The relative importance of different hydrological pathways (surface runoff, subsurface flow, preferential flow) for nitrogen (N) and phosphorus (P) delivery in agricultural catchments is evaluated. The assessment takes account of the different nutrient loads from agricultural land and the role of land use distribution and zonation (e.g. buffer zones) in modifying diffuse nutrient loads before they reach the drainage network. The paper draws on a number of research studies on nutrient transport and transformation in hydrological pathways in southwest England.
The geographical scale of these process studies ranges from experimental plot (0.5 m2) scale to hillslope scale. The focus is on grassland systems, in particular the impact of livestock grazing and different forms of organic fertilizers (manure, slurry, directly voided) in modifying the magnitude of nutrient export from the land and in controlling the form that N and P are transported in. The latter was evaluated by chemical fractionation of the total nutrient load. Results suggest that most of the phosphorus load is transported in the unreactive (particulate and organic) fraction via surface runoff. The speciation of the nitrogen load varies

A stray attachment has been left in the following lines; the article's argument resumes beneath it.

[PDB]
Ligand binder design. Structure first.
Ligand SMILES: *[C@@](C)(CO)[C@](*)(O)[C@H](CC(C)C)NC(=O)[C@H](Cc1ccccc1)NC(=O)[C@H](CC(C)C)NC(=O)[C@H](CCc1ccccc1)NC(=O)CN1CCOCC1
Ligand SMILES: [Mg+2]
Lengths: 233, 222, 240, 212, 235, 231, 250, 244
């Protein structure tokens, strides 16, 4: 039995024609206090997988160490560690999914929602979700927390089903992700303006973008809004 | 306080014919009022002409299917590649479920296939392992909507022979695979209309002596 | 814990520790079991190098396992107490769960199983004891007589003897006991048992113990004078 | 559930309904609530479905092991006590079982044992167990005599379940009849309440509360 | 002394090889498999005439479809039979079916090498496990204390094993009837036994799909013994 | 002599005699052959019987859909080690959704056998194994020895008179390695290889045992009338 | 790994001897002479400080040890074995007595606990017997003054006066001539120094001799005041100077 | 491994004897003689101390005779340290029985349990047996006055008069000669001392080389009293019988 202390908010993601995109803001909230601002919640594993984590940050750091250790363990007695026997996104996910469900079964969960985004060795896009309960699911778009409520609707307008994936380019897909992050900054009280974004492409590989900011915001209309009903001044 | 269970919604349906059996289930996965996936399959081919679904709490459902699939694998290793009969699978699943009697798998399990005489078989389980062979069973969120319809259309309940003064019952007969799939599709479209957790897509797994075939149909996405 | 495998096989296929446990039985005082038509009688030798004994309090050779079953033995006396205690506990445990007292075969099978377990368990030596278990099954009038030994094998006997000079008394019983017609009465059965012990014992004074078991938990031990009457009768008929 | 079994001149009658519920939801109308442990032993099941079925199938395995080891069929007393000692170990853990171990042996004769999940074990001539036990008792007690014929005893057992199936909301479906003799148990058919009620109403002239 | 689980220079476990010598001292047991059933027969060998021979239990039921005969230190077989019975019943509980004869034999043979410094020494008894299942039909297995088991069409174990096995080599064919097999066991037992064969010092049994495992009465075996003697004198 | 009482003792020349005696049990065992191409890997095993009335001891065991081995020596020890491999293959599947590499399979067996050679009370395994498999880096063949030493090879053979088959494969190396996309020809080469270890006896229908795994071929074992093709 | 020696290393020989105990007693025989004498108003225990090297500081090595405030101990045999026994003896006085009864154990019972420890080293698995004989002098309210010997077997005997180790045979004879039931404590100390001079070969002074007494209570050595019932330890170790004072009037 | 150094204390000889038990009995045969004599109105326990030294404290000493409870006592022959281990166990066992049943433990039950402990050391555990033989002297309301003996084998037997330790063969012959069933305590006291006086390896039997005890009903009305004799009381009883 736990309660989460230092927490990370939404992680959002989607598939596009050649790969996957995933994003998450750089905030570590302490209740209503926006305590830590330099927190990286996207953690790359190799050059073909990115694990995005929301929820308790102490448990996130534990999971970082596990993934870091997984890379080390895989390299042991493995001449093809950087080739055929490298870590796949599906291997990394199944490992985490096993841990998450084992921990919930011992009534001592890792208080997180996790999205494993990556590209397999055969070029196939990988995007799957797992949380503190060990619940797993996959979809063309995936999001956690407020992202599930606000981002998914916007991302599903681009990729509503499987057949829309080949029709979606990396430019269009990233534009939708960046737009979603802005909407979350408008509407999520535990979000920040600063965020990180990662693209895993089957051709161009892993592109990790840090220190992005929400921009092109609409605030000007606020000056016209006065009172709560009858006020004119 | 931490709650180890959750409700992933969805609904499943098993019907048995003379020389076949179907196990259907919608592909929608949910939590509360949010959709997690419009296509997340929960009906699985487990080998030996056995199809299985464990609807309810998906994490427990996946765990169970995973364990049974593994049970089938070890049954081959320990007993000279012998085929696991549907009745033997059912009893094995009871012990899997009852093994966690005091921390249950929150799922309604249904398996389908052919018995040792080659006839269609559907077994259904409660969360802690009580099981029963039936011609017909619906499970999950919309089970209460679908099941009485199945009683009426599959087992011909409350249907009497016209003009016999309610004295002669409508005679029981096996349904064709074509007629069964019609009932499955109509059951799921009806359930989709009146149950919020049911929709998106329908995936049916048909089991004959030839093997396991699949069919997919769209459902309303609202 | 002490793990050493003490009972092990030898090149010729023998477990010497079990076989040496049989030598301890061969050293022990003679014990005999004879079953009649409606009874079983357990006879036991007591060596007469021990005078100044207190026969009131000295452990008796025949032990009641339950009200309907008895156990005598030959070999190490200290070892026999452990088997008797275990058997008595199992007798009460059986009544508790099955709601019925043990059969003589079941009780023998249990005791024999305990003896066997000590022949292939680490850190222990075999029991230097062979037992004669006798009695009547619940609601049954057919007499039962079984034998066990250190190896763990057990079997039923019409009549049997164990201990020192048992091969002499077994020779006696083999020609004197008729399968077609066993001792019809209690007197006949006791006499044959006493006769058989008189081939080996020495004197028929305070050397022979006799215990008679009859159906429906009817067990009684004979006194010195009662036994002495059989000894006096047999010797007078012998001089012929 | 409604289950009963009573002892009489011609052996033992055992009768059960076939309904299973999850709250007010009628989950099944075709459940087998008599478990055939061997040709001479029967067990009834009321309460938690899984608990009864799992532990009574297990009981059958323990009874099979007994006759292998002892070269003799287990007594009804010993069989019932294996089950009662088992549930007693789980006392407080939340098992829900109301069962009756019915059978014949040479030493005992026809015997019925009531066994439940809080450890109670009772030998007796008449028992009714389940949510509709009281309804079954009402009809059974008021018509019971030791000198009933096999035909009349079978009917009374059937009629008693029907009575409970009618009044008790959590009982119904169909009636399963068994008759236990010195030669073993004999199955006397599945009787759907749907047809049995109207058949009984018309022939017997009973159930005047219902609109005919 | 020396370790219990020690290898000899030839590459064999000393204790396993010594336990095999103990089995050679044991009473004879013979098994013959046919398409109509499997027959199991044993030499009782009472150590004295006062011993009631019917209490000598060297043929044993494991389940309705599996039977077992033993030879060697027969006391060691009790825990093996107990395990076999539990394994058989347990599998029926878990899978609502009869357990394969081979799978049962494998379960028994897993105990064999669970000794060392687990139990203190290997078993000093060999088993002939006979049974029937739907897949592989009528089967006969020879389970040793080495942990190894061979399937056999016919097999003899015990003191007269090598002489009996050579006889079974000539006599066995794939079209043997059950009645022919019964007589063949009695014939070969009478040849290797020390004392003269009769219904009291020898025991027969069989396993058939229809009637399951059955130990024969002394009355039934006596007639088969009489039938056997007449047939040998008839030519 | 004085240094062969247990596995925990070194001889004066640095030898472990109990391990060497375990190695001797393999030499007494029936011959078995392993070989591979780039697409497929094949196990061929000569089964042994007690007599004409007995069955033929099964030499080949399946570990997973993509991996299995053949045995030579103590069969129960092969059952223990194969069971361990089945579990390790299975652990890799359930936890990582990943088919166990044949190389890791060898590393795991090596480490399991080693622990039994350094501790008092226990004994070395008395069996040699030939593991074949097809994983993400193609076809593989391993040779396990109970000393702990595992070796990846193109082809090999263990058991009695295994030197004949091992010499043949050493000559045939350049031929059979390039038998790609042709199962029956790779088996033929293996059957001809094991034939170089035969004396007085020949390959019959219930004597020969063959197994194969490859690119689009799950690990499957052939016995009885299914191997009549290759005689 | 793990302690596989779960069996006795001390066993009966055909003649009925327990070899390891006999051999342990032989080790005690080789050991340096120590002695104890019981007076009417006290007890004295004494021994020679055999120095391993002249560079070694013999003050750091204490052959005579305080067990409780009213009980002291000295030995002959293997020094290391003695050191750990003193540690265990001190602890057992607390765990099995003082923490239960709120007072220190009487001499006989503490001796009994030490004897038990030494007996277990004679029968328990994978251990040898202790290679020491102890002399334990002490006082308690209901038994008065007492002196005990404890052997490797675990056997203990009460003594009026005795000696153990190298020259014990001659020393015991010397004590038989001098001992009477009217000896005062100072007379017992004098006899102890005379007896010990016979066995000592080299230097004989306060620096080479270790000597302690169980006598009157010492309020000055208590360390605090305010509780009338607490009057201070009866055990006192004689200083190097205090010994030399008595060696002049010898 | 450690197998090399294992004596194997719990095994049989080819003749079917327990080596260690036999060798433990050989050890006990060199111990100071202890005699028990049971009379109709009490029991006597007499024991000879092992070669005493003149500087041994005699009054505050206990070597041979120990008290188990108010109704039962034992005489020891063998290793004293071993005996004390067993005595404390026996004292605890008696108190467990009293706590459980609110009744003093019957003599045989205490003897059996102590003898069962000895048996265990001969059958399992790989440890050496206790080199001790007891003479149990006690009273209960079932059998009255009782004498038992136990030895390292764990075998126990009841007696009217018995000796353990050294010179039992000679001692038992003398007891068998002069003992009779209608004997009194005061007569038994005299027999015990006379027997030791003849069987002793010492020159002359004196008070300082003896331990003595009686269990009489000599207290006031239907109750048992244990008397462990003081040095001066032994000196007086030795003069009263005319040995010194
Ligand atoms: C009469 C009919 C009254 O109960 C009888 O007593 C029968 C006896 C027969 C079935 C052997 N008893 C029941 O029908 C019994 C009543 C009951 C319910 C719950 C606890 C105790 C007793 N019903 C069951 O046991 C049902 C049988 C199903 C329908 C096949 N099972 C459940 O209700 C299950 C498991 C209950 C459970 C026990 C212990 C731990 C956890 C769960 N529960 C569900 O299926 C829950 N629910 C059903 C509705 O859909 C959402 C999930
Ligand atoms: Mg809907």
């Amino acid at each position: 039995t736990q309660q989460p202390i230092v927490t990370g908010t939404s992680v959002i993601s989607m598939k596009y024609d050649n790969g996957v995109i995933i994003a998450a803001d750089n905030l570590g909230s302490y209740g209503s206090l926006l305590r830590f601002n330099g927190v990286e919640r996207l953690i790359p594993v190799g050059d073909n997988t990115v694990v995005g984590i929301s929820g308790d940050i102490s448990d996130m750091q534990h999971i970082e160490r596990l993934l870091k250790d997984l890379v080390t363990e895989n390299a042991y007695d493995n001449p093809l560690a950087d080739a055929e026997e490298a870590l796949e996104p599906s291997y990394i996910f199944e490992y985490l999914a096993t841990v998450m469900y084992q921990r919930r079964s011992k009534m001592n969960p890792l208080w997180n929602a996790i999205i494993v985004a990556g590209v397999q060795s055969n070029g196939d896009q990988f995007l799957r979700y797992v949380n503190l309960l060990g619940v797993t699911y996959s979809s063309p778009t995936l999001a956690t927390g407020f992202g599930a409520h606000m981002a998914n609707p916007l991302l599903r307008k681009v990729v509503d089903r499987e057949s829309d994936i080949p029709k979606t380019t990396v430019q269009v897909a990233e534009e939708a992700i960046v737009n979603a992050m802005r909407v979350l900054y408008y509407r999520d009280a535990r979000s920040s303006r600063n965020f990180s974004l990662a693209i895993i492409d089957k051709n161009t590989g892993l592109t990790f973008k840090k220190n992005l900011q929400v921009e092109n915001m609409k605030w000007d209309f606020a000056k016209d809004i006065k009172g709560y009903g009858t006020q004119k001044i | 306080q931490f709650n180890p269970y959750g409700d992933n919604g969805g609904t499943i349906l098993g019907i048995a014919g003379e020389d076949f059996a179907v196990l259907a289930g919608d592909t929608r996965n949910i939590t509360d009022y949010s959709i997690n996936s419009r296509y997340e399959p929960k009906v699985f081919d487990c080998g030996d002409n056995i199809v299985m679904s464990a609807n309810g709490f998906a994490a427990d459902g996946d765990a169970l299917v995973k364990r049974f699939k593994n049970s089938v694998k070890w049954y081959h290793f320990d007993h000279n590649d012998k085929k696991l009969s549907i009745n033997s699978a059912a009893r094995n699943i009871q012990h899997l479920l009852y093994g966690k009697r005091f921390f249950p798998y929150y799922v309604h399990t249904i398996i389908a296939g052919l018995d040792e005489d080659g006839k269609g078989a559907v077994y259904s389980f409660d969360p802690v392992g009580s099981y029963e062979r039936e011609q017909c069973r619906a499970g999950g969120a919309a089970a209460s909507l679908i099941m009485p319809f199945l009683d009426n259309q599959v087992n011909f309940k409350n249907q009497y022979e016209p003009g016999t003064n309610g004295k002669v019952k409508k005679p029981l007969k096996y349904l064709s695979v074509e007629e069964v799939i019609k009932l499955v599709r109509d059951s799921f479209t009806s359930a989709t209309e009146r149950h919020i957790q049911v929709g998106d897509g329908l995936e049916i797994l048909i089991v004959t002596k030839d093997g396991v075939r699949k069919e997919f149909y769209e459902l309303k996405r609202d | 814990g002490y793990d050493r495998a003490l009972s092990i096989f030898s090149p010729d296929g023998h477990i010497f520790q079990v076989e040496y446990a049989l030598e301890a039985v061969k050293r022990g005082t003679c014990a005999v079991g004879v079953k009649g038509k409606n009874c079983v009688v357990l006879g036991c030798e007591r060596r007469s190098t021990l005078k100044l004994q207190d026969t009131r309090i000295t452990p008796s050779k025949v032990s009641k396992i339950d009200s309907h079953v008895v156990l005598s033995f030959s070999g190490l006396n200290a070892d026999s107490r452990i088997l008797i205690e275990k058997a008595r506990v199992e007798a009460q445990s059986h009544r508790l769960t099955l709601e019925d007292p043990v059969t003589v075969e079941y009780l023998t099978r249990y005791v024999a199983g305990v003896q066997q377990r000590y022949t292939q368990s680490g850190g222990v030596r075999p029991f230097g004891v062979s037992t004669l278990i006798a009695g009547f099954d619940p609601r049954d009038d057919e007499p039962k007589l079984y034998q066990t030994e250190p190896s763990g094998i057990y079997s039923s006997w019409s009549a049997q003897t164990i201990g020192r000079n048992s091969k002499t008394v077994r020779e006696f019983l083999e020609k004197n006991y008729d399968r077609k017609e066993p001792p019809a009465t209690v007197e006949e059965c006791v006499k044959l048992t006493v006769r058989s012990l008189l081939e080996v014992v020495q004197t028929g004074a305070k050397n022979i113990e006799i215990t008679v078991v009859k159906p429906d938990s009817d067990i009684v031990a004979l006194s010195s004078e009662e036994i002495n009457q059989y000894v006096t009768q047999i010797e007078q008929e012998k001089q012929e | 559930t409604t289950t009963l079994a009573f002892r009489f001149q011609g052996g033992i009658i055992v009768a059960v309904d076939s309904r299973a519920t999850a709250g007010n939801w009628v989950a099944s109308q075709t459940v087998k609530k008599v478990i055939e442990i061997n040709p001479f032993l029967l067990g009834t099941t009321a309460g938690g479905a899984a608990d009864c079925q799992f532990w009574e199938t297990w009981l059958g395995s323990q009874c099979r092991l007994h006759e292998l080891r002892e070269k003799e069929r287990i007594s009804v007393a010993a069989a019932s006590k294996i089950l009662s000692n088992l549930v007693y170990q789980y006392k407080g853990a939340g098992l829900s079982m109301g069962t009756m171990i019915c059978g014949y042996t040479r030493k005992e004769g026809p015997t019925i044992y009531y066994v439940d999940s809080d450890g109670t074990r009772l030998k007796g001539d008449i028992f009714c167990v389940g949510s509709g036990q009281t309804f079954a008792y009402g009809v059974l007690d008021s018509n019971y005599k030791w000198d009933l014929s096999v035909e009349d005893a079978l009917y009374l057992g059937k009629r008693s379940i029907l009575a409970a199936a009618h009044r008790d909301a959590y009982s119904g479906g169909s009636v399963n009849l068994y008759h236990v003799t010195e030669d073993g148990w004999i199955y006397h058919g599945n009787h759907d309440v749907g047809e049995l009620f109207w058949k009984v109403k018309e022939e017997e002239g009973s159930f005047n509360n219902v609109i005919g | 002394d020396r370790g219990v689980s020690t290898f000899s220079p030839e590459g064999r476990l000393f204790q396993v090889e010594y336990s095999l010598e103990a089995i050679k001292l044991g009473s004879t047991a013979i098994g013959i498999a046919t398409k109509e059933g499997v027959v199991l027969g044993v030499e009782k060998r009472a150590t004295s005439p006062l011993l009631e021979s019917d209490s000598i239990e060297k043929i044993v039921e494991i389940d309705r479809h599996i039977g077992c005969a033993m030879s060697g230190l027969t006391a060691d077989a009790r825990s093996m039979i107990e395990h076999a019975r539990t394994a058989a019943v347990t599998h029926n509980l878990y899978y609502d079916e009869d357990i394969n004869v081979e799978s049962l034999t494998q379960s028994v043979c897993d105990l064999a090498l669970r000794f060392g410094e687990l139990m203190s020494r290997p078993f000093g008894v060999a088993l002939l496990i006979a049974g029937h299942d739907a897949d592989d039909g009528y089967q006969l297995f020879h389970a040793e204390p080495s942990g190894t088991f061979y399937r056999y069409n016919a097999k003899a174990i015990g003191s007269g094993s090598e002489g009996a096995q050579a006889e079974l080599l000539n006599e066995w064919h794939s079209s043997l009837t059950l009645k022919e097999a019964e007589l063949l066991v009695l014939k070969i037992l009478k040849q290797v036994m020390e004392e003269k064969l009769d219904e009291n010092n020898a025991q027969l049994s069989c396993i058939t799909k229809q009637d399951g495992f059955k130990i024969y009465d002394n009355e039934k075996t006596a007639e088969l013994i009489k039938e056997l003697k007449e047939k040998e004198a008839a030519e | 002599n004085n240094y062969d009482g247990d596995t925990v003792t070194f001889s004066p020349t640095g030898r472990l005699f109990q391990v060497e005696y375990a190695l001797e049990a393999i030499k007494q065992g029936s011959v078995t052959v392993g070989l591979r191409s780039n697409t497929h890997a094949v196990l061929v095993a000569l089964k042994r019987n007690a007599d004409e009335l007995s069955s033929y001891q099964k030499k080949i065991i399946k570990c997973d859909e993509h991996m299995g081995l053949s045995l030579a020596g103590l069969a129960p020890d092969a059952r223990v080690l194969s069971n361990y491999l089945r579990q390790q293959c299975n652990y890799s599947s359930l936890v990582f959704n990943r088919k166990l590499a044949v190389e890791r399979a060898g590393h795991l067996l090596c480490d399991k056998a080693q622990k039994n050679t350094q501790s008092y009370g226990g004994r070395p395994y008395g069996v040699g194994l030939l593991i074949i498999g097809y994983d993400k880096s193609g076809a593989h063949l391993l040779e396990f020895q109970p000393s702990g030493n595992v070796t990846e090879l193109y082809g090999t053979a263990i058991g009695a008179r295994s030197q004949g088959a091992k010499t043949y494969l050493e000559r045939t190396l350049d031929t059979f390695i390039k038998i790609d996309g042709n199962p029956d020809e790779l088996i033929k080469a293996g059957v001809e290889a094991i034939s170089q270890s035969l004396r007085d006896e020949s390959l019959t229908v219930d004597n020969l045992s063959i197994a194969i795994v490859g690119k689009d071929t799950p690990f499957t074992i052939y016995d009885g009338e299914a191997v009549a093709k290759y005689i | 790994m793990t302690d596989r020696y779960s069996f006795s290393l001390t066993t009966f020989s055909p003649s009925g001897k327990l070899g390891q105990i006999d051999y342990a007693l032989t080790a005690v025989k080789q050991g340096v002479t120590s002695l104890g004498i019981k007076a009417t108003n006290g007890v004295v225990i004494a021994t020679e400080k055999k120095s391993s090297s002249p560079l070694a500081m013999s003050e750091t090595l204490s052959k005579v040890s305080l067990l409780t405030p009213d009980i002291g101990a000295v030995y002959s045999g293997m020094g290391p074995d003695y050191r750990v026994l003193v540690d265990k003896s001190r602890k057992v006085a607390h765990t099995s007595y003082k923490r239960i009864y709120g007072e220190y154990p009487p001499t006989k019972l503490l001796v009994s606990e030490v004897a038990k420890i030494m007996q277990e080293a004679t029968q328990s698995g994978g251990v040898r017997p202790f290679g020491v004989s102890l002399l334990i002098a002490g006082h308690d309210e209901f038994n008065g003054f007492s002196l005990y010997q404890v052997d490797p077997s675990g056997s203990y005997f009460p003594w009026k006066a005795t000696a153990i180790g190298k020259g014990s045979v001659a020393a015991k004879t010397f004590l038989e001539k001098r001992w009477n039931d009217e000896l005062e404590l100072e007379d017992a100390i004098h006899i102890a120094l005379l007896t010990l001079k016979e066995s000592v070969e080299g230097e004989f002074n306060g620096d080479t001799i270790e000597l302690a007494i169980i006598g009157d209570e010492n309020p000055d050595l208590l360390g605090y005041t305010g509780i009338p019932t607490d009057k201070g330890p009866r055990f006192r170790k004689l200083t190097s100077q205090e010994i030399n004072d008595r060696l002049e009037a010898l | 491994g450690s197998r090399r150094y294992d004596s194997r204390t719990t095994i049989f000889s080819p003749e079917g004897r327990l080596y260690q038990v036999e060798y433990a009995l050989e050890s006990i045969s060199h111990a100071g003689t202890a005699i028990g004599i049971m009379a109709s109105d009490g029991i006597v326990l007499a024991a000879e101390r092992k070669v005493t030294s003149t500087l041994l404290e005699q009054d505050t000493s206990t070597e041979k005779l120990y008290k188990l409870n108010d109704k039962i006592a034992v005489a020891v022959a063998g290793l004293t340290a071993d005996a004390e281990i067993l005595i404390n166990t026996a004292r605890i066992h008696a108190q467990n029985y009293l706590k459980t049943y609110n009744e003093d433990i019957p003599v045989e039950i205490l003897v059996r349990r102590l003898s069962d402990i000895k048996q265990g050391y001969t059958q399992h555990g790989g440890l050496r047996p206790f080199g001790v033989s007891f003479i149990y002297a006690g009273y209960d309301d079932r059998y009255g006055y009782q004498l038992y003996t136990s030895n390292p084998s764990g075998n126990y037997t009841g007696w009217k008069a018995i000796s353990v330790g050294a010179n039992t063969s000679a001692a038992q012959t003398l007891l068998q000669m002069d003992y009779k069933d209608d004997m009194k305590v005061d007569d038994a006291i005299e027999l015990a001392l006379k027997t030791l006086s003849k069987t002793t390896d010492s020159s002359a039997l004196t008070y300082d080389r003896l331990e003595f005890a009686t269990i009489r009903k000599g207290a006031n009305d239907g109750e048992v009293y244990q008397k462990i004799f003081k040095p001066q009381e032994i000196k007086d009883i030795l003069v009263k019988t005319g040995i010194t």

with land use and grazing intensity. Ammonium-nitrogen is the main form of nitrogen export in surface runoff from heavily grazed land. Its mobilization appears to be linked with sediment transport.